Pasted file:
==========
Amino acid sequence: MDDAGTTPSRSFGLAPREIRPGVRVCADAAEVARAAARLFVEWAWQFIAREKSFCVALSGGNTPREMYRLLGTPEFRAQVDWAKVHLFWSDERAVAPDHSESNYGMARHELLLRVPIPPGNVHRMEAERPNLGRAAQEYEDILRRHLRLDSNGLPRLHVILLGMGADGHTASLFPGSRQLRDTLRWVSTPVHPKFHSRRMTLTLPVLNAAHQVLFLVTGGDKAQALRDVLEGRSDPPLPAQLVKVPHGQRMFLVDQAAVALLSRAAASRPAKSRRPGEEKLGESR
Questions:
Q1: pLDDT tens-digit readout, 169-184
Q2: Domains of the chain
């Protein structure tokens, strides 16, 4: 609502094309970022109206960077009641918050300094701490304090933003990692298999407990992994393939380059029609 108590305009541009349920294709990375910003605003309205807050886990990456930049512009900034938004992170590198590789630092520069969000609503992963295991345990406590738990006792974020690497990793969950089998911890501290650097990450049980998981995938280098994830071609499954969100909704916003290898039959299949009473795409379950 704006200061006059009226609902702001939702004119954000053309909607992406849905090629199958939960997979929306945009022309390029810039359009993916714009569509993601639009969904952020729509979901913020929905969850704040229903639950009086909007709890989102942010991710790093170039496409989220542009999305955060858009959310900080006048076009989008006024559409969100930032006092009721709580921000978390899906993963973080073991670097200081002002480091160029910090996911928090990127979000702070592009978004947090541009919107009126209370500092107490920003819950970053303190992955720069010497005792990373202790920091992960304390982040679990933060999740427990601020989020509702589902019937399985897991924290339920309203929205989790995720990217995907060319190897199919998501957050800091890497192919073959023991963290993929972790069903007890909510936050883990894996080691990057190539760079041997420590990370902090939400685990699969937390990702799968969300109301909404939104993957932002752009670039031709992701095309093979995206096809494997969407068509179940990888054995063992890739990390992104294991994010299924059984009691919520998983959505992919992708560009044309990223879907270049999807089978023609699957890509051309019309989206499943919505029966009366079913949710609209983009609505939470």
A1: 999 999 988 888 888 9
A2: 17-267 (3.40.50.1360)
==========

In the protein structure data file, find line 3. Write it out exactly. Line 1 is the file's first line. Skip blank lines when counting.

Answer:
Q1: pLDDT tens-digit readout, 169-184